Truck drivers pay out of pocket for sleep apnea screenings: survey
Arlington, VA – The majority of commercial motor vehicle drivers who participated in a study to screen for obstructive sleep apnea paid some or all of the costs involved with the screening, according to the results of a recent survey conducted by the American Transportation Research Institute.
The findings highlight the need for the Federal Motor Carrier Safety Administration to keep costs in mind while considering a proposed rule related to sleep apnea, said ATRI, which is the research arm of the American Trucking Associations. In March, FMCSA and the Federal Railroad Administration issued an advance notice of proposed rulemaking that seeks to establish requirements aimed at improving safety for drivers and operators with the condition. Sleep apnea is a respiratory disorder that disrupts sleep and may hinder alertness during the day.
Some of the findings from the survey:
- 53 percent of CMV drivers who were referred to the sleep study paid an average of $1,220 in out-of-pocket expenses.
- A Continuous Positive Airway Pressure machine was the most common treatment prescribed for drivers who were diagnosed with sleep apnea.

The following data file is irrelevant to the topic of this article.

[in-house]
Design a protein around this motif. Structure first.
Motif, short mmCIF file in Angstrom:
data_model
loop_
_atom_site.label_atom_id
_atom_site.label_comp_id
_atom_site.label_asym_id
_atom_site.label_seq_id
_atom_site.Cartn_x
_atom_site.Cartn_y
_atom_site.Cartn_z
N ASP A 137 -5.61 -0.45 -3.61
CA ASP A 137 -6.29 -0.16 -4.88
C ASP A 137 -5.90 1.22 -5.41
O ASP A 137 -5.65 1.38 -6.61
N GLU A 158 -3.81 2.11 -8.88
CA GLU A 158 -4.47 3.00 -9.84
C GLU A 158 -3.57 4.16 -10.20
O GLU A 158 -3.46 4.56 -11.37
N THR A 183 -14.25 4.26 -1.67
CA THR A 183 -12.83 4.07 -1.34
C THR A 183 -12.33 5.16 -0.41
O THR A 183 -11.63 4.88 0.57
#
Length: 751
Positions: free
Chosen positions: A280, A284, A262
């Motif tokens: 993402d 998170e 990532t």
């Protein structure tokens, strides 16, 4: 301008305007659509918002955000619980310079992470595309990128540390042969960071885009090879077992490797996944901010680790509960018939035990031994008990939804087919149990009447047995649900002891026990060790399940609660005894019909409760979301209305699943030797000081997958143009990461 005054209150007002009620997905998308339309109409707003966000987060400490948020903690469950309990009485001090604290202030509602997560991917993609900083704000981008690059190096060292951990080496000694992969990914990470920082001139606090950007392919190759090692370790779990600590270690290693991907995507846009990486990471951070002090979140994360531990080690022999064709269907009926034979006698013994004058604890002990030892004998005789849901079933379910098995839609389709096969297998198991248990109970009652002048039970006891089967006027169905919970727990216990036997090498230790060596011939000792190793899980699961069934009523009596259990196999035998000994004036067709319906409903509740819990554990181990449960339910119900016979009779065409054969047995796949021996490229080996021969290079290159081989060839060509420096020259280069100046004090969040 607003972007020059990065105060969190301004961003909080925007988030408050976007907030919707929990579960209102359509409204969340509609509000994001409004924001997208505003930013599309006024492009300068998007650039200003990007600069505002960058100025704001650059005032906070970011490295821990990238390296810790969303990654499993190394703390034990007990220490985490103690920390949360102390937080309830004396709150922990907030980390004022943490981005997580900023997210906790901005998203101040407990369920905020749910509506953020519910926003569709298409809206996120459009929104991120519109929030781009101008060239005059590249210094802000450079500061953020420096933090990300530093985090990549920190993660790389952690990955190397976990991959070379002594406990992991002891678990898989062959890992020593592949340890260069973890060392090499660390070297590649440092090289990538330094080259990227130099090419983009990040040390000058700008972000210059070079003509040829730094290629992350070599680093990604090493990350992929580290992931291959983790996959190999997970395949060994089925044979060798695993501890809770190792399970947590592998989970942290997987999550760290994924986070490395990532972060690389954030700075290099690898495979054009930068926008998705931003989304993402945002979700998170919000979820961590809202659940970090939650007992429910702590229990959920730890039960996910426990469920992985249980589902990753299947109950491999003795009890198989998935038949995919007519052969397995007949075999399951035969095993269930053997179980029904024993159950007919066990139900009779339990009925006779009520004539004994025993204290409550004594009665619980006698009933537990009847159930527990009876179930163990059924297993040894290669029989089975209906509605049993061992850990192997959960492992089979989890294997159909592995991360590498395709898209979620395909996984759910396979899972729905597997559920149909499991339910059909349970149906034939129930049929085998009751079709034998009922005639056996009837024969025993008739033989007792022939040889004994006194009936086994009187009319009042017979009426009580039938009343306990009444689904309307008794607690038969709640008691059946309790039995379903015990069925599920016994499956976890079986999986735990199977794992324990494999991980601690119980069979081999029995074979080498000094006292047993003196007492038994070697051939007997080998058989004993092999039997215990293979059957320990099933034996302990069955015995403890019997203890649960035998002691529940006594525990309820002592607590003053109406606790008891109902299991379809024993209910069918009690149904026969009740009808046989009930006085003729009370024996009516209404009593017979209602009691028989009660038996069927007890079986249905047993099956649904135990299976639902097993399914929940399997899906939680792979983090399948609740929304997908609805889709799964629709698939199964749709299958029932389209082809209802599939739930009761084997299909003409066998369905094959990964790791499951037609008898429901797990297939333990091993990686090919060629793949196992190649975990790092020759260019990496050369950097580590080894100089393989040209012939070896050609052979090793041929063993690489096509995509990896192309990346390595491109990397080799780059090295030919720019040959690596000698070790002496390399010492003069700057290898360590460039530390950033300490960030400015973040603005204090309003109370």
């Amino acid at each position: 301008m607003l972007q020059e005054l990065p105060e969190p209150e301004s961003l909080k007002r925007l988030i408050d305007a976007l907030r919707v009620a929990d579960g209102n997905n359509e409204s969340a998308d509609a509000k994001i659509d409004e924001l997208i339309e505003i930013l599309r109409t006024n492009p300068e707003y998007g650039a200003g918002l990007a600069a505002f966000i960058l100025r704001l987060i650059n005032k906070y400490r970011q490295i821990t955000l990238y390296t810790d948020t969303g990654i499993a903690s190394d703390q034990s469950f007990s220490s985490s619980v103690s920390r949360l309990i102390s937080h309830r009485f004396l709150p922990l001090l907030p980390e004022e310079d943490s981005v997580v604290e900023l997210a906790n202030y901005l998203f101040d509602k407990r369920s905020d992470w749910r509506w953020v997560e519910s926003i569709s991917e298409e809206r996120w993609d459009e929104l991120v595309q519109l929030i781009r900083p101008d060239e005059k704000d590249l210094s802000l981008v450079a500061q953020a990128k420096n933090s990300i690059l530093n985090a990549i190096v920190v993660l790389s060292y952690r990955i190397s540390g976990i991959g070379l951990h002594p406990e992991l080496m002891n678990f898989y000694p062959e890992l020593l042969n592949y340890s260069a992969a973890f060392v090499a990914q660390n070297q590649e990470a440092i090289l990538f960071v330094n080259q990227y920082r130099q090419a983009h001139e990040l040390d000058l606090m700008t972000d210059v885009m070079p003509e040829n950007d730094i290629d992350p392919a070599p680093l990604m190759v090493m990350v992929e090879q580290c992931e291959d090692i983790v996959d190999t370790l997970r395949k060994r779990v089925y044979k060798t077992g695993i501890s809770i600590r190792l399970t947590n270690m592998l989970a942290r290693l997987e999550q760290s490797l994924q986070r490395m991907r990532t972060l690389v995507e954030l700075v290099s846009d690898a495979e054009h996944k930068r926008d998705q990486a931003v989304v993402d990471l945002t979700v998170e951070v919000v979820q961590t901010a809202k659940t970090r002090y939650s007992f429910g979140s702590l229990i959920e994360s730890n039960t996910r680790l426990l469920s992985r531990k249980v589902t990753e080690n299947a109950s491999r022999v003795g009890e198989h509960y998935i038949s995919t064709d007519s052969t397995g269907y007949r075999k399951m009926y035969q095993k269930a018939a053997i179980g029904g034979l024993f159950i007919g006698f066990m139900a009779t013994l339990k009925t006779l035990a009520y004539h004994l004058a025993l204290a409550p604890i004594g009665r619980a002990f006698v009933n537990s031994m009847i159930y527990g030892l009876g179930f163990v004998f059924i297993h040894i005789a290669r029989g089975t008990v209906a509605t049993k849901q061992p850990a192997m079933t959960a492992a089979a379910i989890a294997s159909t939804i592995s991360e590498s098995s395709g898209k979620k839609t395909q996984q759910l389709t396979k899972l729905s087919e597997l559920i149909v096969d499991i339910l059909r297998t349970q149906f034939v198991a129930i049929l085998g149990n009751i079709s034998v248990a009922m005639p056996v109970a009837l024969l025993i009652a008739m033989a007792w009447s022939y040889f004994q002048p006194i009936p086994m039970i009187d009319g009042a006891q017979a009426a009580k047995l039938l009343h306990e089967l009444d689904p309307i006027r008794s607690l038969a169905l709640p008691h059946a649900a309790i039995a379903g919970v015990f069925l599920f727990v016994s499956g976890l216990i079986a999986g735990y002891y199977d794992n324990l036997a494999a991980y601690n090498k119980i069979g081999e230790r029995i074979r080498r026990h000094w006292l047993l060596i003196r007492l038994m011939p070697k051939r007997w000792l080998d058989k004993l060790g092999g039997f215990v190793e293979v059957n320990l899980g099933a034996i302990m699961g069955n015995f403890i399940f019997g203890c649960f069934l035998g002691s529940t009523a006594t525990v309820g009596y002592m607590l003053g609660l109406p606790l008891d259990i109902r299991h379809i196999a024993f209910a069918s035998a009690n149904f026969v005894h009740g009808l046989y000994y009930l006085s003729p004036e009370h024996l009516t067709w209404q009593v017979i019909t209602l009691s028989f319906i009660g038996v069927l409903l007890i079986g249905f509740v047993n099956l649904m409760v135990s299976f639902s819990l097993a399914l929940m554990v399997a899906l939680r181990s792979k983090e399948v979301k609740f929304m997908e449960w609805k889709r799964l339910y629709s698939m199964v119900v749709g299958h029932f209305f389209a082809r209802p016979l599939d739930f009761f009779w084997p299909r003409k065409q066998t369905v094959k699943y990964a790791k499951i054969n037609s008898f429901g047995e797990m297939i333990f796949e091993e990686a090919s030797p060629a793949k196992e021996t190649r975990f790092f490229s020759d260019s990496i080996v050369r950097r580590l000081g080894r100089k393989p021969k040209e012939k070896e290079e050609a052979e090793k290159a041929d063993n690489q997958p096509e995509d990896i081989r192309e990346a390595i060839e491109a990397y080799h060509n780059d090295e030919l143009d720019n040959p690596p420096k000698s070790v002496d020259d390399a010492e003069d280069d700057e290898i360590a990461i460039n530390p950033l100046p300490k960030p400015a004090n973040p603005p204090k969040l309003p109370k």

- Of the drivers with severe sleep apnea who used a CPAP, 84 percent reported that the device helped them sleep better, 71 percent said they felt better when they woke and 75 percent have lower blood pressure.
- 64 percent of drivers who have been tested for sleep apnea believe federal guidelines for referring drivers for screening are too broad.
“ATRI’s research clearly shows what my fellow drivers and I have been experiencing,” Owner-Operator Independent Drivers Association member Barbara Beal said in a press release. “The costs associated with sleep apnea screening and treatment are not inconsequential for drivers, and the flexibility to utilize lower-cost options for both screening and treatment will be critical if FMCSA moves forward with a formal rulemaking.”